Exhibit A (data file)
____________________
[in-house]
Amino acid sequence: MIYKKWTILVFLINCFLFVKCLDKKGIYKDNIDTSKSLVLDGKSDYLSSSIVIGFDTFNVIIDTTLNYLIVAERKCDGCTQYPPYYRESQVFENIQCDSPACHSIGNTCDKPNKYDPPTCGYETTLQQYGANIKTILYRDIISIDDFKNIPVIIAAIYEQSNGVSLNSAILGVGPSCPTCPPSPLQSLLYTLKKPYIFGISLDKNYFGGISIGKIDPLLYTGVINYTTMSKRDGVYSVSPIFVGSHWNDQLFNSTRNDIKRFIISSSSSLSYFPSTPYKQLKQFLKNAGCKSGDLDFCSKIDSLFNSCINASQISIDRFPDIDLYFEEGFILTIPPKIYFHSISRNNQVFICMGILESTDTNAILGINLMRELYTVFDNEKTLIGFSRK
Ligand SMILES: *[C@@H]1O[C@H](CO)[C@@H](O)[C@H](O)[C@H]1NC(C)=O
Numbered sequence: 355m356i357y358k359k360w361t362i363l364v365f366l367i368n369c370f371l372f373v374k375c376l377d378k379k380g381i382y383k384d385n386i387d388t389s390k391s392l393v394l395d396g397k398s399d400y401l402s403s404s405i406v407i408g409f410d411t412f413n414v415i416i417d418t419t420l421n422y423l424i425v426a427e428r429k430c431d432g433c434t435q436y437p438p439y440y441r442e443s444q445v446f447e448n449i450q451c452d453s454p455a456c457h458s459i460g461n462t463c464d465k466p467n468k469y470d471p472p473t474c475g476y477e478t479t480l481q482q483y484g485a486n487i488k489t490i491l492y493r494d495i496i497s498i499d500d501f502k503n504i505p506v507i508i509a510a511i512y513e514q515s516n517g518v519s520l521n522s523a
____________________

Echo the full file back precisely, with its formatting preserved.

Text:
[in-house]
Amino acid sequence: MIYKKWTILVFLINCFLFVKCLDKKGIYKDNIDTSKSLVLDGKSDYLSSSIVIGFDTFNVIIDTTLNYLIVAERKCDGCTQYPPYYRESQVFENIQCDSPACHSIGNTCDKPNKYDPPTCGYETTLQQYGANIKTILYRDIISIDDFKNIPVIIAAIYEQSNGVSLNSAILGVGPSCPTCPPSPLQSLLYTLKKPYIFGISLDKNYFGGISIGKIDPLLYTGVINYTTMSKRDGVYSVSPIFVGSHWNDQLFNSTRNDIKRFIISSSSSLSYFPSTPYKQLKQFLKNAGCKSGDLDFCSKIDSLFNSCINASQISIDRFPDIDLYFEEGFILTIPPKIYFHSISRNNQVFICMGILESTDTNAILGINLMRELYTVFDNEKTLIGFSRK
Ligand SMILES: *[C@@H]1O[C@H](CO)[C@@H](O)[C@H](O)[C@H]1NC(C)=O
Numbered sequence: 355m356i357y358k359k360w361t362i363l364v365f366l367i368n369c370f371l372f373v374k375c376l377d378k379k380g381i382y383k384d385n386i387d388t389s390k391s392l393v394l395d396g397k398s399d400y401l402s403s404s405i406v407i408g409f410d411t412f413n414v415i416i417d418t419t420l421n422y423l424i425v426a427e428r429k430c431d432g433c434t435q436y437p438p439y440y441r442e443s444q445v446f447e448n449i450q451c452d453s454p455a456c457h458s459i460g461n462t463c464d465k466p467n468k469y470d471p472p473t474c475g476y477e478t479t480l481q482q483y484g485a486n487i488k489t490i491l492y493r494d495i496i497s498i499d500d501f502k503n504i505p506v507i508i509a510a511i512y513e514q515s516n517g518v519s520l521n522s523a